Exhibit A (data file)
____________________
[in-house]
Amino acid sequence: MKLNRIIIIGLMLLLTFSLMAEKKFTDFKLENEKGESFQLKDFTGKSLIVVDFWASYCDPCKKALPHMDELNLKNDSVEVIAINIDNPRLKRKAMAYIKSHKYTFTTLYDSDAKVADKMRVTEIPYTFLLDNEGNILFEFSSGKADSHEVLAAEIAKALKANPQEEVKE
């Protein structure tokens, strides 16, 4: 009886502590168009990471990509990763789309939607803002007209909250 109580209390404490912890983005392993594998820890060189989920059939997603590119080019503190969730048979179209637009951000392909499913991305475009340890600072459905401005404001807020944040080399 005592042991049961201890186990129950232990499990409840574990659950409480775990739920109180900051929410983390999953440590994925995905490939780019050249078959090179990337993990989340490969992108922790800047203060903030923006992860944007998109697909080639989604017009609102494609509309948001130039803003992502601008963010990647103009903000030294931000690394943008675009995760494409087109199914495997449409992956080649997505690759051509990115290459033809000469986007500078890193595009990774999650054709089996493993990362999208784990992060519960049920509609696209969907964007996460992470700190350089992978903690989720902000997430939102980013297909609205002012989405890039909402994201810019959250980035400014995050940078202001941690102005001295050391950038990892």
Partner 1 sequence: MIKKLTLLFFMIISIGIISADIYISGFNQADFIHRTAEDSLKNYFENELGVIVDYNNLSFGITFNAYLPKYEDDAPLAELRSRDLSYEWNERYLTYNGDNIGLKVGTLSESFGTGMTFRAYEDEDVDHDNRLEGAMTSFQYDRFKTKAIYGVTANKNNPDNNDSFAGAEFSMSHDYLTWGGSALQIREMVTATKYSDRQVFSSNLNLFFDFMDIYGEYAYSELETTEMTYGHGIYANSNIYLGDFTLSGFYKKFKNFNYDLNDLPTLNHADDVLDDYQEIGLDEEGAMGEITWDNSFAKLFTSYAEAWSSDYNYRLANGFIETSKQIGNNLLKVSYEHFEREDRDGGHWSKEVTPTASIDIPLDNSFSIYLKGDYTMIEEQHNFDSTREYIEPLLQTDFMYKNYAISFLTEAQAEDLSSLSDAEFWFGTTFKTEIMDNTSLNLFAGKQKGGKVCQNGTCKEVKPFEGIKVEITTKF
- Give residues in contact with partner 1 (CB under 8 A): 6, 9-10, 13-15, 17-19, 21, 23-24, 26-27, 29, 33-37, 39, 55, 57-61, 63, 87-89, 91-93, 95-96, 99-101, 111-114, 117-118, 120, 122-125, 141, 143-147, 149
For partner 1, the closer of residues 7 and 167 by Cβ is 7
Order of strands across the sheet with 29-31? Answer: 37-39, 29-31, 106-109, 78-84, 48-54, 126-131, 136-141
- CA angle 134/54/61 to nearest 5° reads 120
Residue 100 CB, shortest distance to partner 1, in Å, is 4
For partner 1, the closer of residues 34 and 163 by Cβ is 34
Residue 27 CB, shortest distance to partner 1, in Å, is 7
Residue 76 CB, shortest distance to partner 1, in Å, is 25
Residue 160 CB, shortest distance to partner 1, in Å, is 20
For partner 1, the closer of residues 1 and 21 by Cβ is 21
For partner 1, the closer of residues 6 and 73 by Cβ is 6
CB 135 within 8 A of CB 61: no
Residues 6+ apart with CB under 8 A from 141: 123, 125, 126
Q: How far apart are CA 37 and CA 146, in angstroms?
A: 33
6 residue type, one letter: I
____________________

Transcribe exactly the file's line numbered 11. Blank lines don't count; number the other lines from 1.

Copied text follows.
Residue 27 CB, shortest distance to partner 1, in Å, is 7